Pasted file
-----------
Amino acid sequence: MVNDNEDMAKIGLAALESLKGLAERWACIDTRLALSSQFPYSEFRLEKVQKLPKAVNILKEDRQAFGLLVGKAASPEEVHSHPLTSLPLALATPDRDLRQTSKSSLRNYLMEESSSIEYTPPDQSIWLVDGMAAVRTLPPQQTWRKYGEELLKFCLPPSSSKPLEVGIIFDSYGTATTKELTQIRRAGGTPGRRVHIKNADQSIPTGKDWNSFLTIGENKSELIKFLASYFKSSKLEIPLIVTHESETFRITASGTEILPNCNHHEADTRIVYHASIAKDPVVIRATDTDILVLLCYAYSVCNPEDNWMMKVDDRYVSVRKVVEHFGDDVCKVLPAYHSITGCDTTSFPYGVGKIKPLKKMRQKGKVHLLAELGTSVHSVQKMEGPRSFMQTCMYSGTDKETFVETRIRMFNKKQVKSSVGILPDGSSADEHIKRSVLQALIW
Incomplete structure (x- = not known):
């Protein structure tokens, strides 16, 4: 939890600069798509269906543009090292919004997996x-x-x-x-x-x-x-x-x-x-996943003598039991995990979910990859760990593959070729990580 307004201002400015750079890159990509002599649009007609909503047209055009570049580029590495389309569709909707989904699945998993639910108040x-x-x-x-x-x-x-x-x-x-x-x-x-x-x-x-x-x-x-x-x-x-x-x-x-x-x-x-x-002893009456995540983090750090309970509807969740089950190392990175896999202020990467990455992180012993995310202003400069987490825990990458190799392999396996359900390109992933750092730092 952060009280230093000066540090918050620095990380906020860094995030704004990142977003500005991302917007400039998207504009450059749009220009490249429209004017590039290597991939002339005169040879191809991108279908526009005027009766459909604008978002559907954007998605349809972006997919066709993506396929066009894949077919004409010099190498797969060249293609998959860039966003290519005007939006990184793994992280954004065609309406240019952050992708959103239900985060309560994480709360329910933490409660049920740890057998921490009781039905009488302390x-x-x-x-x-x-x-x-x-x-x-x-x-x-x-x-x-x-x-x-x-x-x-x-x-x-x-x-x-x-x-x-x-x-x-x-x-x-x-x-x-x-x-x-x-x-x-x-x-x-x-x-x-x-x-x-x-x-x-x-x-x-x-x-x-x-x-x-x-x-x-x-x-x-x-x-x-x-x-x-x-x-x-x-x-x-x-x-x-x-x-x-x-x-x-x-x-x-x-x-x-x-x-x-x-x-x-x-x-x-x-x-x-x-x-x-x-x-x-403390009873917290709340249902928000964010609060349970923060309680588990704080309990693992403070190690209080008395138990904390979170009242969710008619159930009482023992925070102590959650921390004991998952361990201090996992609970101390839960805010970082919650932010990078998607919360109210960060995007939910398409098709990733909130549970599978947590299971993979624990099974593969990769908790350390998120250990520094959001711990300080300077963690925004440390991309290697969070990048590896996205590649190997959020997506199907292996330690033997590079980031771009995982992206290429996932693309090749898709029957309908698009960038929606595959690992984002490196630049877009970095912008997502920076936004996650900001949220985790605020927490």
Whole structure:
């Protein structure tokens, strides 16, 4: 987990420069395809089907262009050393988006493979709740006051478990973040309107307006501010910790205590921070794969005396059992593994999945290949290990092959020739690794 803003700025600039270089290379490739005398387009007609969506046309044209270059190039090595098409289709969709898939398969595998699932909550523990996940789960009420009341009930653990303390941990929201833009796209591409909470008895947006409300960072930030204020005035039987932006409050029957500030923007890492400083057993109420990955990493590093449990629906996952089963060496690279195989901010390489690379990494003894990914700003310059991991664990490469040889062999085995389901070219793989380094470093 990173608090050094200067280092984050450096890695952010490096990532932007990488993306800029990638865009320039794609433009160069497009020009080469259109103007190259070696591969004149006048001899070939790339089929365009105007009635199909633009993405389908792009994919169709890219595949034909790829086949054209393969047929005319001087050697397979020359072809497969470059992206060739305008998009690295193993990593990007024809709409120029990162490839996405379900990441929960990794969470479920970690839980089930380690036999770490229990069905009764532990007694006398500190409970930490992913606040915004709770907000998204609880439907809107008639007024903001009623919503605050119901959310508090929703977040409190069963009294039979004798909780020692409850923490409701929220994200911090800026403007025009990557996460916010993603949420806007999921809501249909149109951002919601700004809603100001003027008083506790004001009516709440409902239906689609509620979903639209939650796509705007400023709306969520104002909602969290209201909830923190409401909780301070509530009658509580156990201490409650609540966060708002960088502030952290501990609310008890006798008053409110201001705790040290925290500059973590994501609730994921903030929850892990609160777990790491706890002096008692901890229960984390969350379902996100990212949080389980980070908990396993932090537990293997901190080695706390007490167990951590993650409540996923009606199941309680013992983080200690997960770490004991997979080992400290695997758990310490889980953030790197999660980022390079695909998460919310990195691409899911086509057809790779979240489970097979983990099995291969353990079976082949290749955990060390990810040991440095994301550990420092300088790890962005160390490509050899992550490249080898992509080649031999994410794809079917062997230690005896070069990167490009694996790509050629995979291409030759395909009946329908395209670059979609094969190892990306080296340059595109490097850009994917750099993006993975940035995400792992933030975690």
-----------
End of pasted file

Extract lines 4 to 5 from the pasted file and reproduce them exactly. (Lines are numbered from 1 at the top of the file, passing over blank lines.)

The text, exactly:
Whole structure:
């Protein structure tokens, strides 16, 4: 987990420069395809089907262009050393988006493979709740006051478990973040309107307006501010910790205590921070794969005396059992593994999945290949290990092959020739690794 803003700025600039270089290379490739005398387009007609969506046309044209270059190039090595098409289709969709898939398969595998699932909550523990996940789960009420009341009930653990303390941990929201833009796209591409909470008895947006409300960072930030204020005035039987932006409050029957500030923007890492400083057993109420990955990493590093449990629906996952089963060496690279195989901010390489690379990494003894990914700003310059991991664990490469040889062999085995389901070219793989380094470093 990173608090050094200067280092984050450096890695952010490096990532932007990488993306800029990638865009320039794609433009160069497009020009080469259109103007190259070696591969004149006048001899070939790339089929365009105007009635199909633009993405389908792009994919169709890219595949034909790829086949054209393969047929005319001087050697397979020359072809497969470059992206060739305008998009690295193993990593990007024809709409120029990162490839996405379900990441929960990794969470479920970690839980089930380690036999770490229990069905009764532990007694006398500190409970930490992913606040915004709770907000998204609880439907809107008639007024903001009623919503605050119901959310508090929703977040409190069963009294039979004798909780020692409850923490409701929220994200911090800026403007025009990557996460916010993603949420806007999921809501249909149109951002919601700004809603100001003027008083506790004001009516709440409902239906689609509620979903639209939650796509705007400023709306969520104002909602969290209201909830923190409401909780301070509530009658509580156990201490409650609540966060708002960088502030952290501990609310008890006798008053409110201001705790040290925290500059973590994501609730994921903030929850892990609160777990790491706890002096008692901890229960984390969350379902996100990212949080389980980070908990396993932090537990293997901190080695706390007490167990951590993650409540996923009606199941309680013992983080200690997960770490004991997979080992400290695997758990310490889980953030790197999660980022390079695909998460919310990195691409899911086509057809790779979240489970097979983990099995291969353990079976082949290749955990060390990810040991440095994301550990420092300088790890962005160390490509050899992550490249080898992509080649031999994410794809079917062997230690005896070069990167490009694996790509050629995979291409030759395909009946329908395209670059979609094969190892990306080296340059595109490097850009994917750099993006993975940035995400792992933030975690």